CNBC has compiled a roundup of all the tech layoffs in the last year:
The job cuts in tech land are piling up, as companies that led the 10-year bull market adapt to a new reality. … The layoffs come in a period of slowing growth, higher interest rates to battle inflation, and fears of a possible recession next year.
When it was just Meta (11,000 jobs cut) and Twitter (3,700) and Snap (1,000), it was easy to think the problem was just with social media. When layoffs hit Coinbase (2,000) and Crypto.com (500), we could hope it was merely the overheated crypto world being exposed to reality, particularly in light of FTX’s ignominious collapse. When Amazon laid off 18,000 employees, it might just have been a correction to the pandemic hiring spree that doubled Amazon’s headcount to 1.6 million by the end of 2021. But now Microsoft has laid off 10,000 workers and Google has cut 12,000, suggesting larger problems in the industry and the economy.
Or perhaps laying off numerous employees is merely a contagious idea that seldom benefits companies. Regardless, dropping 75,000 tech employees into the job market will cause consternation among upcoming 2023 college graduates. I don’t envy all those computer science majors.
Apple remains the only tech giant that hasn’t announced layoffs. Why? Despite strong financial results, Apple has resisted increasing headcount excessively, averaging just 5.6% growth over the last four years. By comparison, Amazon averaged 31.1%, Google 18.3%, Meta 30.3%, and Microsoft 14.1%.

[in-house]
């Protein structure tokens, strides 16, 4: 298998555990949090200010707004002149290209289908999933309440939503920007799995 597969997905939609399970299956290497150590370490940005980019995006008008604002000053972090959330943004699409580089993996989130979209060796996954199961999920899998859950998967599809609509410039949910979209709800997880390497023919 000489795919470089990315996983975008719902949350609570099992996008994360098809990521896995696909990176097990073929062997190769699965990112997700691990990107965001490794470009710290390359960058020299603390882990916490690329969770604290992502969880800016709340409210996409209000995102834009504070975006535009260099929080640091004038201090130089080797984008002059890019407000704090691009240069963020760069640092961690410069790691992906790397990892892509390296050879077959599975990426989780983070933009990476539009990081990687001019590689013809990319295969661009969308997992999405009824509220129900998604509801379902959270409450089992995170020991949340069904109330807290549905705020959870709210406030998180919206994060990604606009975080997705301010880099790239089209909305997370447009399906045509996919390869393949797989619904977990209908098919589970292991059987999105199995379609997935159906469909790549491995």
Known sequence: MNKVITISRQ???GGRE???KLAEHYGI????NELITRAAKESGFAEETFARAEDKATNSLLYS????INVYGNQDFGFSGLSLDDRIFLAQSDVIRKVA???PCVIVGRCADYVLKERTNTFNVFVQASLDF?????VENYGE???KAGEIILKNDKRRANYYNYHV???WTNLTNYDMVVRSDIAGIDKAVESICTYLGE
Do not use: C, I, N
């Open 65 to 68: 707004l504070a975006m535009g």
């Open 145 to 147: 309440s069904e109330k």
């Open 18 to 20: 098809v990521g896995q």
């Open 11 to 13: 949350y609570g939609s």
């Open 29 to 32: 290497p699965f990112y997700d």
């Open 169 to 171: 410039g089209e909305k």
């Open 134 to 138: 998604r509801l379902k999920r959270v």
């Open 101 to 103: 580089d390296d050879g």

I was also struck that Google, Meta, and Microsoft all reference an increased focus on AI in their letters to employees.
Sundar Pichai of Google:
We have a substantial opportunity in front of us with AI across our products and are prepared to approach it boldly and responsibly.
Mark Zuckerberg of Meta:
As we build our AI infrastructure, we’re focused on becoming even more efficient with our capacity.
Satya Nadella of Microsoft:
At the same time, the next major wave of computing is being born with advances in AI, as we’re turning the world’s most advanced models into a new computing platform.
Even though TidBITS Publishing’s headcount fell by 50% last year (from two to one, in a mutual decision—see “Josh Centers: So Long and Thanks for All the Fish,” 14 November 2022), I can say with assurance that we do not see AI as a substantial opportunity, chance to create more efficient infrastructure, or reason to switch to a new platform. Instead, we plan to double down on our efforts to craft everything we write with HI (human intelligence). Bots can write for other bots; we publish for people.